You may be thinking, Should I get a COVID-19 vaccine if I’ve had dermal fillers? As we see the rollout of COVID-19 vaccinations nationwide, it’s worthwhile noting a few pertinent considerations in relation to your cosmetic injectables and treatments.
First, let’s look at the vaccinations and why their compositions may be relevant to cosmetic treatment. The COVID-19 (SAR-CoV-2) vaccinations currently available contain small proteins (mRNA) that essentially speak to human body cells and encourage them to produce an inanimate portion of the external coronavirus envelope.
By producing a fragmented version of a coronavirus component, our body is benignly introduced to this foreign material which prompts our immune system to recognise and destroy future proteins that resemble the component introduced through vaccination – the actual coronavirus.
Consequently when it comes to immunisation, it is desired to have low level inflammation and immune activation. However these factors are also accountable, for side effects of immunisation like tenderness, at the injection site, fatigue, headaches and other similar symptoms.
Avoiding Same-Day or Immediate Post-Vaccination Injectables
It is generally not recommended to have injectables on the day, as getting vaccinated or even a few a days of the vaccination. This precaution is taken so that if any reactions occur it would be easier to identify which product is responsible.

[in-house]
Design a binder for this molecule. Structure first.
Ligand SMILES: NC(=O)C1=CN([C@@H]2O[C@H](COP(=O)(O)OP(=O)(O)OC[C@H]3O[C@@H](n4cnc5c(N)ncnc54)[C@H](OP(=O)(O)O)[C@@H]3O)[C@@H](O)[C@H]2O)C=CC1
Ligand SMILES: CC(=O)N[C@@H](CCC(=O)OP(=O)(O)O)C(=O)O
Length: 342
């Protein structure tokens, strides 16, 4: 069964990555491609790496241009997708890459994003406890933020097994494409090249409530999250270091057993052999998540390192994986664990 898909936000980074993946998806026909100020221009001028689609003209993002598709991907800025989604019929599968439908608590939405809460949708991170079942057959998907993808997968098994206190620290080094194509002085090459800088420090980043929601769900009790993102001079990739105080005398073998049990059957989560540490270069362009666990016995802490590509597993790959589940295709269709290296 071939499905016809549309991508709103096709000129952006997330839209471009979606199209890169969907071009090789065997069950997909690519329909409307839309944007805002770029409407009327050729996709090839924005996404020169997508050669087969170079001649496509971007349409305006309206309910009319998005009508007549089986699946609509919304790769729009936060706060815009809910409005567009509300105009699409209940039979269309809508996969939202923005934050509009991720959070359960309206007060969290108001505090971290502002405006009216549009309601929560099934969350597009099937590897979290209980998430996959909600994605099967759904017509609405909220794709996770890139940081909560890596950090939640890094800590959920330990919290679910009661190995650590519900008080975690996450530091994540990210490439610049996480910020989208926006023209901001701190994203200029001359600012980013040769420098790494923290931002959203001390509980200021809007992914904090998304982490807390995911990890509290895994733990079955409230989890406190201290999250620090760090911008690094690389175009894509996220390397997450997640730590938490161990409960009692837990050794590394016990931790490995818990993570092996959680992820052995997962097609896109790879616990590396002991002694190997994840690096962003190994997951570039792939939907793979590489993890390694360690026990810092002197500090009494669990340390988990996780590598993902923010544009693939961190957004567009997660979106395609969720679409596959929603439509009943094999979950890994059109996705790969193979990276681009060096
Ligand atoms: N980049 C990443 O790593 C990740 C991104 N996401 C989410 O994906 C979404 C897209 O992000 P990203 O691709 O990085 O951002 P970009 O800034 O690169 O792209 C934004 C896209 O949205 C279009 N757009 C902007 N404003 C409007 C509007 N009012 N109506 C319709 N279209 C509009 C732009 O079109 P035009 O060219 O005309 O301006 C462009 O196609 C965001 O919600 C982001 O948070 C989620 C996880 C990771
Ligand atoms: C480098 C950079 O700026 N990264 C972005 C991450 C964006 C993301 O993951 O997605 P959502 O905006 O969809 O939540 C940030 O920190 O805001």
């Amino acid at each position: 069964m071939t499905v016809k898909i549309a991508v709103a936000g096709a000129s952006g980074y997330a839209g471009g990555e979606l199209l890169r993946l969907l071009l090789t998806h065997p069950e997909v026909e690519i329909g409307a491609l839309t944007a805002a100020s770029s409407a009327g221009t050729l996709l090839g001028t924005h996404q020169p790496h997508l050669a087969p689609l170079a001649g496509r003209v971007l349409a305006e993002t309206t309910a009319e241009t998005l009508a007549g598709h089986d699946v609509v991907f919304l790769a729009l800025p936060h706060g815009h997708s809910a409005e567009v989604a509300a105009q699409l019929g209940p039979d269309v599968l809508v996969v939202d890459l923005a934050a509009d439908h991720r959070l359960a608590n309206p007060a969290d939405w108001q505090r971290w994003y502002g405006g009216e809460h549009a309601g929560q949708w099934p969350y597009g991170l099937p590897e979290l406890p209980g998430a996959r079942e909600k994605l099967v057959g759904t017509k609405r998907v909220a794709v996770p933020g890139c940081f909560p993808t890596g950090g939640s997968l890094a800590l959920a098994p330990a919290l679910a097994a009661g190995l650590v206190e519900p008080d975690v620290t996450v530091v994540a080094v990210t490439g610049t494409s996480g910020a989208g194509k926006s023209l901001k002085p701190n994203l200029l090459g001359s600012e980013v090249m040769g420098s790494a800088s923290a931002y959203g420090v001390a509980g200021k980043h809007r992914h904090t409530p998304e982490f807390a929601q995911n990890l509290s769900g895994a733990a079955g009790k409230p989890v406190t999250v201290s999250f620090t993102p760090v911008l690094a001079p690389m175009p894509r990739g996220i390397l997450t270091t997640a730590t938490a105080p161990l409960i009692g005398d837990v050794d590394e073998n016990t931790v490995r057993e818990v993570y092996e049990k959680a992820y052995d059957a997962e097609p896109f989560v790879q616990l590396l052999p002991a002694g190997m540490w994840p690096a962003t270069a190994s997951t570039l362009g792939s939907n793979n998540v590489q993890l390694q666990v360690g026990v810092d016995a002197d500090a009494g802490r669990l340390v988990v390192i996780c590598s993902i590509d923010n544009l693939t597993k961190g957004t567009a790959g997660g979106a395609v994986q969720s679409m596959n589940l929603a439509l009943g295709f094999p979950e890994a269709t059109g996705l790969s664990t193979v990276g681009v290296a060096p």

Anti-Wrinkle Treatment and Vaccination Interval
Experts advise avoiding wrinkle treatments for approximately 2 weeks before or after vaccination. While there may not be research supporting this advice it is suggested due to the risk of sensitising the immune system and possible adverse effects.
Delayed Inflammatory Response and Dermal Filler
The same caution applies to fillers. There have been reported cases of responses to dermal fillers even years after the injection that have been associated with COVID 19 immunisation. Although similar reactions have been observed in response, to stimuli the unique nature of COVID 19 products raises concerns.
Despite these considerations, the general advice remains to prioritise vaccine over cosmetic treatment. The risk and impact of injectable-related reactions are minor compared to contracting coronavirus.
As COVID-19 vaccine efforts continue, it’s crucial to weigh the potential impacts on cosmetic treatments. The immune responses triggered by vaccinations can interact with cosmetic injectables, warranting careful timing and consideration.